Evaluating Branching Heuristics in Interval Constraint Propagation for Satisfiability
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Interval Constraint Propagation (ICP) is a powerful method for solving general nonlinear constraints over real numbers. ICP uses interval arithmetic to prune the space of potential solutions and, when the constraint propagation fails, divides the space into smaller regions and continues recursively. The original goal is to find paving boxes of all solutions to a problem. Already when the whole domain needs to be considered, branching methods do matter much. However, recent applications of ICP in decision procedures over the reals need only a single solution. Consequently, variable ordering in branching operations becomes even more important.
In this work, we compare three different branching heuristics for ICP. The first method, most commonly used, splits the problem in the dimension with the largest lower and upper bound. The two other types of branching methods try to exploit an integration of analytical/numerical properties of real functions and search-based methods. The second method, called smearing, uses gradient information of constraints to choose variables that have the highest local impact on pruning. The third method, lookahead branching, designs a measure function to compare the effect of all variables on pruning operations in the next several steps.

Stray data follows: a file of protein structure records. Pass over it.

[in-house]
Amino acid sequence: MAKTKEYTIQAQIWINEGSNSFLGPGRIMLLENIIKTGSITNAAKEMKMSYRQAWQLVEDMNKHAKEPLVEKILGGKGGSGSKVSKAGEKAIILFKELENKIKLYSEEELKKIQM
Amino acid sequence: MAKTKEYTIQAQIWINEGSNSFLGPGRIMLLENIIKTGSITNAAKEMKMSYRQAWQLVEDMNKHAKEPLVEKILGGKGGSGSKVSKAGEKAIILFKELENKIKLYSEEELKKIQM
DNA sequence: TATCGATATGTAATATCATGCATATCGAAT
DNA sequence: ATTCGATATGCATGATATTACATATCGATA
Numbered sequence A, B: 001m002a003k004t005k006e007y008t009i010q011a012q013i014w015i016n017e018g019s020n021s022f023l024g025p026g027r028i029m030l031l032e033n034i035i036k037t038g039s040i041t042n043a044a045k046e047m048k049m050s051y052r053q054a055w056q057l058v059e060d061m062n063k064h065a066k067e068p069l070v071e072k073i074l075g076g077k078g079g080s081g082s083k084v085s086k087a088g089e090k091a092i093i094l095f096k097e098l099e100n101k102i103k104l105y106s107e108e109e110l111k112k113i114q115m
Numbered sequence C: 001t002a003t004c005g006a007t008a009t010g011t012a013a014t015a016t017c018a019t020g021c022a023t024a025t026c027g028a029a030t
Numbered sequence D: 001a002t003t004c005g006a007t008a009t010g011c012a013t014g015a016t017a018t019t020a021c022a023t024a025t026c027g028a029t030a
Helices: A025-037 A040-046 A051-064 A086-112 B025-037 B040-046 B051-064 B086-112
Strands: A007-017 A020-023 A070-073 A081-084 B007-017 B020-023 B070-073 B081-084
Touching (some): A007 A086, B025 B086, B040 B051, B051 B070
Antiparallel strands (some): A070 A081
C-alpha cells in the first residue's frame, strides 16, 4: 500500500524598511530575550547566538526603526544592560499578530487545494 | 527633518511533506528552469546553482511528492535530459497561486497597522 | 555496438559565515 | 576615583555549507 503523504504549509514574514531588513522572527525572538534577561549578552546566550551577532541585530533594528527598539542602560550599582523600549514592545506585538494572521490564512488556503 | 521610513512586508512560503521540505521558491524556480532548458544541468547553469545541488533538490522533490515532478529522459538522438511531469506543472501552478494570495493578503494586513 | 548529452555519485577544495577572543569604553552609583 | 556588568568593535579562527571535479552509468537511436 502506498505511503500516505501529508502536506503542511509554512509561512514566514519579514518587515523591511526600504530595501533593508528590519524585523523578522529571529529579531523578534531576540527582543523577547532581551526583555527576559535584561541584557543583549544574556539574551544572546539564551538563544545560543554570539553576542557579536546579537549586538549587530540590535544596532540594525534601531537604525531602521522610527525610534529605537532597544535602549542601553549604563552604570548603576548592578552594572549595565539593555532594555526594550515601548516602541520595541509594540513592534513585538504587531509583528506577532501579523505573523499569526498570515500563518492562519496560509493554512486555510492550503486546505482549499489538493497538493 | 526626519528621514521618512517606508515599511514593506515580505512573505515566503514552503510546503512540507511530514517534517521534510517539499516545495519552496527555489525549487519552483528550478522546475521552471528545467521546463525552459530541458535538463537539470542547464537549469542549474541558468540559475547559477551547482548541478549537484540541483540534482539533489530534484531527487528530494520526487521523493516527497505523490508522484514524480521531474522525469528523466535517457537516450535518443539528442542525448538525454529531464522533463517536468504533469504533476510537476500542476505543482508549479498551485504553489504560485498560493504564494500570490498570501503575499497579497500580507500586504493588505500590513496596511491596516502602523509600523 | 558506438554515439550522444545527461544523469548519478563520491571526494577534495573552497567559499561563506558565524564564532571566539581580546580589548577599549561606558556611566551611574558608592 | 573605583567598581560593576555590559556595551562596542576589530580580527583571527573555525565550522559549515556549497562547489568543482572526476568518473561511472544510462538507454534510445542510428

We evaluate the performance of our methods on over 11,000 benchmarks from various sources. While the different branching methods exhibit significant differences on larger instance, none is consistently better. This shows the need for further research on branching heuristics when ICP is used to find an unique solution rather than all solutions.
We thank the reviewers for their feedback and comments which helped us improve the paper. Calvin Huang was studying at MIT when that work was done. Damien Zufferey was funded in part by the DFG under Grant Agreement 389792660-TRR 248 and by the ERC under the Grant Agreement 610150.
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